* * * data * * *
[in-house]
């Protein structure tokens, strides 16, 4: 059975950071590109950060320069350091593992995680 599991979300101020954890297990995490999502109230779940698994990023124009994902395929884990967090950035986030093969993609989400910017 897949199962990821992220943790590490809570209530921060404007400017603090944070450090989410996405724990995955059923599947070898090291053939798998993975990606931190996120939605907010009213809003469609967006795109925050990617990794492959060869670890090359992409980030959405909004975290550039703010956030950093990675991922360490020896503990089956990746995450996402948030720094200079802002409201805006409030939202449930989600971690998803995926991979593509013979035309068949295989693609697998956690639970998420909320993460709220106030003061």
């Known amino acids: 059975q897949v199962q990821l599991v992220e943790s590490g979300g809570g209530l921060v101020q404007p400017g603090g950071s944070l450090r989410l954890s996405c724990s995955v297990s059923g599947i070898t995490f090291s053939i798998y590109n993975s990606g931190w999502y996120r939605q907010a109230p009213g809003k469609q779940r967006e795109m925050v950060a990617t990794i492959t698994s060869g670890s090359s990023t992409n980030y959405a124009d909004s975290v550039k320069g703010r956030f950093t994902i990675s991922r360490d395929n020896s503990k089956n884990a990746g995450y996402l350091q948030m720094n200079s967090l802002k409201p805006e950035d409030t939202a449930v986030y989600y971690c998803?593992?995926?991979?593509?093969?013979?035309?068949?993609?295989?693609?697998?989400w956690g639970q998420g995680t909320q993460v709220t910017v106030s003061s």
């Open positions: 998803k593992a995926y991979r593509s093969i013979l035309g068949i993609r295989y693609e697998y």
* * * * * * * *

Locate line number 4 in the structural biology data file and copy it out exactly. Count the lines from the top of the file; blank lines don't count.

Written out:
């Open positions: 998803k593992a995926y991979r593509s093969i013979l035309g068949i993609r295989y693609e697998y």